Along with the Petition and the Statement of Position form, the Board has also issued a Notice of Petition. That is a form that the Board has requested the non-petitioning party (again, typically the employer) to post that Notice. Until this rule change, it was not mandatory. Under the new rules, the Notice of Petition will be issued to the employer and must now be posted and distributed to the employees electronically, if the employer customarily communicates with its employees electronically. The Notice of Petition will inform employees that a petition for an election has been filed and no final decisions have been made regarding the appropriateness of the bargaining unit sought and whether an election will even be held. Failure to post or distribute the Notice may be grounds for setting aside the election.

Additional Information Now Required

In the Statement of Position filed by the employer, it will now be required to provide a list of prospective voters with their job classifications, shifts, and work locations to the Board and the petitioner, prior to the scheduled pre-election hearing. Under the current rules, the employer is only required to provide a list of employees in the proposed bargaining unit.

Notice of Election to be Posted and Distributed Electronically

Presently, once the Regional Director approves an election agreement or issues a decision directing an election after a hearing, the Board will issue a Notice of Election, which contains the details of when and where the election will be held. The employer is required to post that notice. The new rule will require the employer to post the notice, but also to distribute it electronically, if the employer typically communicates with its employees electronically.

New Fast Track Elections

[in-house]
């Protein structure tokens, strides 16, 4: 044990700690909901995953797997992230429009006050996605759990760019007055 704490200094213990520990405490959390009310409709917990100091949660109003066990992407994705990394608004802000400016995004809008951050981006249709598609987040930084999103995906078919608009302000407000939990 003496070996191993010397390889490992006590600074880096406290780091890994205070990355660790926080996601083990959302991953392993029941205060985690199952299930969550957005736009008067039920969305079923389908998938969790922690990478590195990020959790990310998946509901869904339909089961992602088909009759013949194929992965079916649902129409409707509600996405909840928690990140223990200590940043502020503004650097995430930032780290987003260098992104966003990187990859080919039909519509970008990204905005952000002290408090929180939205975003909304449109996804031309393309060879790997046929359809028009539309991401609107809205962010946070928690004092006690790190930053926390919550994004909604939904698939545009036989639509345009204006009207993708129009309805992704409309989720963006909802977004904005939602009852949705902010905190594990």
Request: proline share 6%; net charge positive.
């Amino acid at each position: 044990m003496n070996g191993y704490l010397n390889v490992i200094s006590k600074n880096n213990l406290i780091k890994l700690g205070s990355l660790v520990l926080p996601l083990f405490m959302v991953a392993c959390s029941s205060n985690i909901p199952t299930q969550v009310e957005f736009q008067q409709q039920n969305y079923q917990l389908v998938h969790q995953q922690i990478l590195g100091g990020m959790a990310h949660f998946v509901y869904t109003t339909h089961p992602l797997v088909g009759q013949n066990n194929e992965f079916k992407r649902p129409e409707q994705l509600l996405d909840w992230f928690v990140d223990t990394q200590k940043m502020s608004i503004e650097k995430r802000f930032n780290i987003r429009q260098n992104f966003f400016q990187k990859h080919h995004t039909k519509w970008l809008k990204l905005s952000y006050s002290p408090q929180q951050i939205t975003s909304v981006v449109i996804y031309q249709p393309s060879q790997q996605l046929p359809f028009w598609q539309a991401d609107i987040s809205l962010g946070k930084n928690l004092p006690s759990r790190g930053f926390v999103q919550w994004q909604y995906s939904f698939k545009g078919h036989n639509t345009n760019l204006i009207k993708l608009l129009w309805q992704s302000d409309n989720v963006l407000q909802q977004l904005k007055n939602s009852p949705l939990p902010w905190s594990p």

There are numerous other changes that detail and in effect, eliminate procedural delays, including interim appeals to the NLRB in Washington that delay election results. The essence of these new rules is to minimize delays to get to an election and facilitate the union’s ability to communicate with employees.

There have been many studies which conclude that the longer the period between the filing of the petition and the election, the greater the chance the employer has to win the election. In most situations, unions will organize employees over a protracted period of time (sometimes many months). If an election is held quickly after a petition is filed, it is more difficult for employers to effectively communicate with its employees to provide them with the numerous reasons why the employees do not need a union.

While the Board has amended many rules to make it easier for unions to organize employees, there is one “unwritten” rule (guidance) regarding the actual timing of the election. Currently, the Board uses an unwritten rule that an election should be held within 42 days (six weeks) of the filing of the petition. This period has historically provided the employer with ample time to campaign and communicate to employees regarding unionizing. This is the “elephant in the room.”

New Guidance on Timing of Election Possible

You may recall that the Democrats in Congress attempted to amend the National Labor Relations Act to require the Board to conduct elections within a very short period of time, among other proposed amendments. Those efforts were defeated, but with these new rules, the Board has in effect, avoided the need to amend the statute in many respects. Stay tuned; it is likely we will see the Board issue a new guidance, requiring the Region to conduct the election within days, not weeks, of the filing of the petition.